There's mission targets and architectures both in and beyond low-Earth orbit that can be done with a booster like what I suspect the Senate bill's Space Launch System would resemble: probes to the moon, returning humans to the moon, expand/replace ISS, perhaps even a crewed Mars mission. There's architectures for doing a lot of that in more modest fashions with boosters like Atlas, Delta, Falcon, and Taurus. They're perhaps more technically challenging depending on the reports you read and not quite as grand in some ways (at least in my opinion), but it's also possible to do a lot of the same stuff if more slowly and smaller. What there isn't an architecture for is what you can do with no action, no direction, no idea of spaceflight as more than a money tube to key Congressional districts. Well, maybe Ares I, but other than that, not really. I'm worried that NASA could end up there if nothing happens, which is seeming more and more likely as the time in FY 2010 runs out with no further Congressional action. I don't think I'm the only one who feels this way, the forum sections about spaceflight's future have been getting...heated as of the last month or so, and I think much of that is simply the indecision gnawing at everyone. I know personally if I'm outside at night, like I was last Tuesday or this evening, I find myself staring at the moon. I want to see people go back there, I want to see it become the place it was when people from this planet stood on it and touched it and studied it up close and sent back images and data and videos that helped the whole world feel like they were there too. I want it so much that not being able to say "this is how we go back there" with any certainty makes me turn away and go back inside.

Okay, so here's the secret bonus material that I'm sure part of my future readership will find engrossing, because I'm about to mention some of the Magic Words. I figure this blog is/will be read by three kinds of people: myself in the future looking for links to stuff I referenced and then misplaced, friends and family I direct here, and future employers trying to see who I am and why they should hire me. I think the last group will possibly be interested when I say that I think that the reason this situation bugs me ties into My Biggest Flaw as a person and as an engineer. I like solving problems, I like working on projects, and I'm not terrible at doing so if I say so myself. But when things go wrong, or are stalled or behind schedule, I tend to proceed as though the solution is for me to throw more and more of my time and mental cycles at it until the issue is resolved. It's not great sometimes, but it can yield results with stuff like a coding project or Aerodesign where my work actually can be enough to help a little, even if at the expense of sleep and social obligations. That I might do so to the extent that it hurts myself and any wife and family I hope to someday have is one of my major fears. But in situations like the NASA budget debates here, there's not much I've found that I  can do to really help. I've called the offices of every Ohio representative I could, and I read the latest developments on NSF and other space news sites, but...that's all I can do. They scratch the "I need to do something about this" itch in my mind, but I can't really do anything of meaning. I don't like being powerless. This is a field I want to work in, something I want to make my career in, but at a moment when this field is in a crisis that could shape its future for the next decade or more, I can't try and push towards a solid architecture and plan. I can't lobby for money. I can't even lobby to just get something other than the Schroedinger nightmare state that we're in right now. I just have to find ways to let myself turn off the computer, stop worrying in violation of everything my brain tells me, and keep going with my daily life. Like, for instance, writing all this here so I can get to bed right now and not go back outside and stare at the moon some more.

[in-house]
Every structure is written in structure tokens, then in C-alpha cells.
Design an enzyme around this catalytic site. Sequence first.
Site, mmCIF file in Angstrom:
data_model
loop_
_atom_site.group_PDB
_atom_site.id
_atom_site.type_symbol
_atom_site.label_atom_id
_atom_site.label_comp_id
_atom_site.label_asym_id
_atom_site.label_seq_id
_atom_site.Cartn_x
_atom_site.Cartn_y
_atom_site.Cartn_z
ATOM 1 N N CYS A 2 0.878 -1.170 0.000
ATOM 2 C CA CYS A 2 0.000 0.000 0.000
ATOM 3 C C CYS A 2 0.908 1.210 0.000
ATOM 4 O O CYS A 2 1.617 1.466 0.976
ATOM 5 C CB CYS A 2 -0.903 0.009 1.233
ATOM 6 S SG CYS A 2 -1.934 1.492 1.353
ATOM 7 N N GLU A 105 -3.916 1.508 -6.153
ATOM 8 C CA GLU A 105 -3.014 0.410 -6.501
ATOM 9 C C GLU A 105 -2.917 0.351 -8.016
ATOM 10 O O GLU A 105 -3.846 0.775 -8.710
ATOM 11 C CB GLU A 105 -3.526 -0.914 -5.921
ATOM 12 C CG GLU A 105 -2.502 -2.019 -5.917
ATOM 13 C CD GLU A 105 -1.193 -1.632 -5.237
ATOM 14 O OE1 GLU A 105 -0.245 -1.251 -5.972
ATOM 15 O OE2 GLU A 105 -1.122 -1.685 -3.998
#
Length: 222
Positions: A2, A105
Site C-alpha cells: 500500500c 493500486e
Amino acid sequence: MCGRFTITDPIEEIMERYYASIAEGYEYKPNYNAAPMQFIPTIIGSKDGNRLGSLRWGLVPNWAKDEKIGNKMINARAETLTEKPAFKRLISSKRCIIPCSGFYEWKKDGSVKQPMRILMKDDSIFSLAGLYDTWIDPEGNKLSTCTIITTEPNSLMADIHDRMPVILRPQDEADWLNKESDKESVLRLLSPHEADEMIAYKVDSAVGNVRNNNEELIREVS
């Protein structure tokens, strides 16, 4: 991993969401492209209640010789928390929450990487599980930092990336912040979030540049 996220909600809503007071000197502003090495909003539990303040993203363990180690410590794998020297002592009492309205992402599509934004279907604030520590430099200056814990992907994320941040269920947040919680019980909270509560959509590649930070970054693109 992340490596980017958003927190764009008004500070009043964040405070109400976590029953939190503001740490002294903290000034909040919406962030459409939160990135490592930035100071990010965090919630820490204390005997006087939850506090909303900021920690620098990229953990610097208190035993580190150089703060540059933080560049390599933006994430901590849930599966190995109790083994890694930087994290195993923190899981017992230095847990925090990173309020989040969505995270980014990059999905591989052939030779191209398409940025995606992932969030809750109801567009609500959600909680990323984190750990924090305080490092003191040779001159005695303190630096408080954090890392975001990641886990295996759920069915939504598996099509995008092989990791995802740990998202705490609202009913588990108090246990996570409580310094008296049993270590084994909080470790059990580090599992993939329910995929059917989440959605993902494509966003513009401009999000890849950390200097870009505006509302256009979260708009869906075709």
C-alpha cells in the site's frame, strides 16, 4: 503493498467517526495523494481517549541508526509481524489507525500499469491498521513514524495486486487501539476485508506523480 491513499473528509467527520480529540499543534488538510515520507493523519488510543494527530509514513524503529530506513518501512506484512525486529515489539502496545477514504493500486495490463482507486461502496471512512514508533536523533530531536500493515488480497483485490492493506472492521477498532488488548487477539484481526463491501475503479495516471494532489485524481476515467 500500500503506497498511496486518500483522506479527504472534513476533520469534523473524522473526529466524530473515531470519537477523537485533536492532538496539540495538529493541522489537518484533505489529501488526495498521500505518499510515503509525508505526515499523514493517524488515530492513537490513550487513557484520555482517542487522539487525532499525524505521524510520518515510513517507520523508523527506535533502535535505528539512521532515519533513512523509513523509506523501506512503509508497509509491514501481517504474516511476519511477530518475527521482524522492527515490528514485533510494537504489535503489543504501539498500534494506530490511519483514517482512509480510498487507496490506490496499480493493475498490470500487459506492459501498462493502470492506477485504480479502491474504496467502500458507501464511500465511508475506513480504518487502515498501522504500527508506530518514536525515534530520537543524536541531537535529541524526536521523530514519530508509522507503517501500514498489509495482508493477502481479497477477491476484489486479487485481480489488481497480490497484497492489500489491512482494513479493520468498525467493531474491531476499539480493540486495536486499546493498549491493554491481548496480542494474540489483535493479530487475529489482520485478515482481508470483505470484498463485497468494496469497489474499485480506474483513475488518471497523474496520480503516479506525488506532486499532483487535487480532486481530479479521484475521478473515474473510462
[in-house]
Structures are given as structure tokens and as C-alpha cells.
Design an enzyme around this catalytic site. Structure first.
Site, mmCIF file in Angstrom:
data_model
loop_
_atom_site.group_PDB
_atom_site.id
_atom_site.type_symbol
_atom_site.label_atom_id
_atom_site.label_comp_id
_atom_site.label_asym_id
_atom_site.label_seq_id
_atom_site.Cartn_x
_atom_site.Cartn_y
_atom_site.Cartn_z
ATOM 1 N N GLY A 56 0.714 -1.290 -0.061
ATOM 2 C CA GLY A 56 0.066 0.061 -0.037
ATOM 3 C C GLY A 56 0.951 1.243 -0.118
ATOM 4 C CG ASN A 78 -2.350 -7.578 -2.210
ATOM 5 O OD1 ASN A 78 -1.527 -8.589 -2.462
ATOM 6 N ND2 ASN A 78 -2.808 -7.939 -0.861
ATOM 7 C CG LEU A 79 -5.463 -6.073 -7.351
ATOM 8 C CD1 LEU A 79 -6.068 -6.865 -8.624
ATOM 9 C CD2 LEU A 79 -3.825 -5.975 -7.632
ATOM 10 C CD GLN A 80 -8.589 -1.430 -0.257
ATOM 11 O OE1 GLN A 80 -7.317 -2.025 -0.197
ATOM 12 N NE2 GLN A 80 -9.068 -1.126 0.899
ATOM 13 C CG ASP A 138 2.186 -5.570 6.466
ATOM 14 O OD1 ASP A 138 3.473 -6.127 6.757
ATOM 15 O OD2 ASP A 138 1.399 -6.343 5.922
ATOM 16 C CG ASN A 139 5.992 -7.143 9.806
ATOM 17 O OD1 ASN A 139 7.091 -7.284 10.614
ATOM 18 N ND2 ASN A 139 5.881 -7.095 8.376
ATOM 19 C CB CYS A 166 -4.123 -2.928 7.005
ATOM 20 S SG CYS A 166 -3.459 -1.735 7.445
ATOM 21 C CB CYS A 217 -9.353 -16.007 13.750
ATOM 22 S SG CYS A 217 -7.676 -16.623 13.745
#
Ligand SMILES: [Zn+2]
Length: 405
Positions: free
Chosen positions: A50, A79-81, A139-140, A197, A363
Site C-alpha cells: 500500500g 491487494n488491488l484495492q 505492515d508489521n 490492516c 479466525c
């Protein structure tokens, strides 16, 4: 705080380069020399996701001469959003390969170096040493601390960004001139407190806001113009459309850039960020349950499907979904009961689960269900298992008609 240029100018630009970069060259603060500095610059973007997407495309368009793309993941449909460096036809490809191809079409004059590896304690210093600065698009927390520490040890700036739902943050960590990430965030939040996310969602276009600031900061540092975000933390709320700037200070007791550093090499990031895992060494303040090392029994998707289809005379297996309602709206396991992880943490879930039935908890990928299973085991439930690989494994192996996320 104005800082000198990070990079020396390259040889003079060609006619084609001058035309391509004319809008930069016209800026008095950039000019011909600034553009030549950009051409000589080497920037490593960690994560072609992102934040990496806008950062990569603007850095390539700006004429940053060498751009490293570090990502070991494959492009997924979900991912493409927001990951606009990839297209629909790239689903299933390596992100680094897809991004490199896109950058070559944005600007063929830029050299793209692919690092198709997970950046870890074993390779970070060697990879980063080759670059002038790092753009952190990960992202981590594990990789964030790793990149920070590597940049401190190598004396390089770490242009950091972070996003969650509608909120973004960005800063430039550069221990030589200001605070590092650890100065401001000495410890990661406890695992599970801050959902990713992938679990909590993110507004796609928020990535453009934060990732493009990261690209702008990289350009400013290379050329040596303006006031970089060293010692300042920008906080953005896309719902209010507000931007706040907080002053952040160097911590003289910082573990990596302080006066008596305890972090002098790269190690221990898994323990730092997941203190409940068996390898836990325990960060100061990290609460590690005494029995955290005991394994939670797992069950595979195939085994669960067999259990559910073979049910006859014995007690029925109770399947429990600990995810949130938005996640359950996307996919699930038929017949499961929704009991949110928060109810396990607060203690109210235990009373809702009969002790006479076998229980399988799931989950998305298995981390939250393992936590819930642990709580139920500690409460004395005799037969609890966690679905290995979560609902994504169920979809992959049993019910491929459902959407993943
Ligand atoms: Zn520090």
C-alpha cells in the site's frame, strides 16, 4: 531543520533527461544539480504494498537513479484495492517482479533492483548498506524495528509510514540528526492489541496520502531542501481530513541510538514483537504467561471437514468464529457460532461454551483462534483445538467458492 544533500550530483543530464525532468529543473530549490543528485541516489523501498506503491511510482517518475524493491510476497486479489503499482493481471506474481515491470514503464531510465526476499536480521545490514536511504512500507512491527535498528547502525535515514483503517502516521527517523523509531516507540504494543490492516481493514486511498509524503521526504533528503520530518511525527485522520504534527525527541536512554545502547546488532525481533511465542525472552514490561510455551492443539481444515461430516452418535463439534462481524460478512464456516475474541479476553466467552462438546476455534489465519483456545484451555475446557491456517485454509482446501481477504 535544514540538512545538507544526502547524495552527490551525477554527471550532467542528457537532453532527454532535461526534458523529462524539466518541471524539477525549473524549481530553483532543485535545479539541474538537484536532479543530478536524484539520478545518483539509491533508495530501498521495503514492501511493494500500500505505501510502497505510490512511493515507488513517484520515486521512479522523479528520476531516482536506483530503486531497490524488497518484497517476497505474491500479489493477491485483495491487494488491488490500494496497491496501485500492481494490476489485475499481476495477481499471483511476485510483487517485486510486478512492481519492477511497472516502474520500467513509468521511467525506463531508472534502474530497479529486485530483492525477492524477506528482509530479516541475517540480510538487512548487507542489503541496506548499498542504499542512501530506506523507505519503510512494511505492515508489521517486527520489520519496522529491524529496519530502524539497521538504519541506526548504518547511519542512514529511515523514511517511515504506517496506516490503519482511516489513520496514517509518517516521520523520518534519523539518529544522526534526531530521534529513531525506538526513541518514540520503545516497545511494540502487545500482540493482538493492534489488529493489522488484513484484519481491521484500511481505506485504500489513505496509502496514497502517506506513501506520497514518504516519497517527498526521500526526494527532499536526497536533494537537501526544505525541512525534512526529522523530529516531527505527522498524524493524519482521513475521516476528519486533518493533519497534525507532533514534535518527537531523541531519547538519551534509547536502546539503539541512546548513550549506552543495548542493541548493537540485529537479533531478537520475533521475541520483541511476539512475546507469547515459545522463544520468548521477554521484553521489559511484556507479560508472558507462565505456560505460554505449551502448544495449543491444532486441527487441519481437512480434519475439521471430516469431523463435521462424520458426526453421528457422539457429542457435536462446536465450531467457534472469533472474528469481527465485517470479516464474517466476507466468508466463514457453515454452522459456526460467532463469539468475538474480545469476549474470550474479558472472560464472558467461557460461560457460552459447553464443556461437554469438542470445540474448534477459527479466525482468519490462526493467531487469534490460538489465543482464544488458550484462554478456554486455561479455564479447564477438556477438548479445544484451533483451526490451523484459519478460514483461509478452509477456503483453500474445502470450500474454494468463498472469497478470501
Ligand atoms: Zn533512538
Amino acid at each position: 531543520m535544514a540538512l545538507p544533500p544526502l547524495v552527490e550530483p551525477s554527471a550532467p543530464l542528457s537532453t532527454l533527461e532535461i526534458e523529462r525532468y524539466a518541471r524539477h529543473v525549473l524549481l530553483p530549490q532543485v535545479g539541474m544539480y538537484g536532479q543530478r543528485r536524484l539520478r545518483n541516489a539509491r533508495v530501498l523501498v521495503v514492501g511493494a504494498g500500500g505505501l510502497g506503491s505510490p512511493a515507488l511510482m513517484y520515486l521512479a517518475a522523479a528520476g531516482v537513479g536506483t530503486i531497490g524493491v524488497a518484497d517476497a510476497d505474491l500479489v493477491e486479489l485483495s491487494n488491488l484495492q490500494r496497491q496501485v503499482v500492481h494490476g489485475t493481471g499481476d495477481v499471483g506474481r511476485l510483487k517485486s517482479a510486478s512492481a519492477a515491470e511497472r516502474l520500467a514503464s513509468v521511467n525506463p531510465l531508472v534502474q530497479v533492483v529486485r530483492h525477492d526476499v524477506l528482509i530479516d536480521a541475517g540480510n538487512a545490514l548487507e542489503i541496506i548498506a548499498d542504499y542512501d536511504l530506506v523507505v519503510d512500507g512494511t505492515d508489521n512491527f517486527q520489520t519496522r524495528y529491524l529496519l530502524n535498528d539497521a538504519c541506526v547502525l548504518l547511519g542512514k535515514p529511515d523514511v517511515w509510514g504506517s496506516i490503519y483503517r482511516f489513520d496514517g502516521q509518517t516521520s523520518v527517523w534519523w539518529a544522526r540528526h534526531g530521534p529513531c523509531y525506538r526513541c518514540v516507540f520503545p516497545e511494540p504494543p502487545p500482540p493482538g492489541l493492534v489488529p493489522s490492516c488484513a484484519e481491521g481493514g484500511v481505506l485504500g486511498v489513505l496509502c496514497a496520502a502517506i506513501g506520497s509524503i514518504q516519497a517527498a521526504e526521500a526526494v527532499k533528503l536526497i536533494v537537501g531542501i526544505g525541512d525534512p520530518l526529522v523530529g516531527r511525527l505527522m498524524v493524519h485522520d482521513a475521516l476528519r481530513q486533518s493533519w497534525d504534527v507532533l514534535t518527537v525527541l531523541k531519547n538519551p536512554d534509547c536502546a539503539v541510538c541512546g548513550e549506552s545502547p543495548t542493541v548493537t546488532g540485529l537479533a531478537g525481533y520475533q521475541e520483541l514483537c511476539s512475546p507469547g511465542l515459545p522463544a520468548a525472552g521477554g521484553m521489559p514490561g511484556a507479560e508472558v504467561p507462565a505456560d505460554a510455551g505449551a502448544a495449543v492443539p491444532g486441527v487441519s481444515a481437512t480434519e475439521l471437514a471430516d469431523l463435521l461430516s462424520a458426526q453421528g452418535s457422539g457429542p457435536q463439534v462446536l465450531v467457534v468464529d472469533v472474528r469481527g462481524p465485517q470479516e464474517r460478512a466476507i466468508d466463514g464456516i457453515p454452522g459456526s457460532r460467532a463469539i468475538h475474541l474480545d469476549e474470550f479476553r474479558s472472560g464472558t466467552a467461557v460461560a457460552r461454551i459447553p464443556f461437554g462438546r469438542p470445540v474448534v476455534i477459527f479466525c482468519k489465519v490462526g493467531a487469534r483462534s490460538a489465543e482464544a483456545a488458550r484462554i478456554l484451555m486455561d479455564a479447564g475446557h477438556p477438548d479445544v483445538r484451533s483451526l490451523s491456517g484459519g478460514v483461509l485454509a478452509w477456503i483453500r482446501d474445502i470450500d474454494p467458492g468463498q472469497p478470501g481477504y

Wednesday, September 15, 2010

To the Moon!

It doesn't take a lot to put space on my mind.  Last night, I went stargazing with the school astronomy club. Initially we were just looking at Venus until it dropped below the level of the humanities building. Depsite the viewing breaking up around 8:40 once Venus dropped below the roof of the humanities building, I hung around with Carl and we talked a bit longer as he walked back to his car. A little while later, the moon broke through the clouds that had been hiding it and we set up the telescope Carl was carrying and looked at that for a while. I have to say, despite being a space nut, I'm not as familiar with the night sky as I could be, this was one of the first times I've looked for a long time at the moon with an instrument other than the naked eye. Still, Carl and I ended up having an interesting talk about how the moon was different from Venus in our minds--the moon is a place, one where people have been. Hostile as it is, there is also much to learn there and on top of that, it's just cool. It almost felt unfair that a distance the little telescope could bridge was getting in the way of seeing all that stuff up there up close.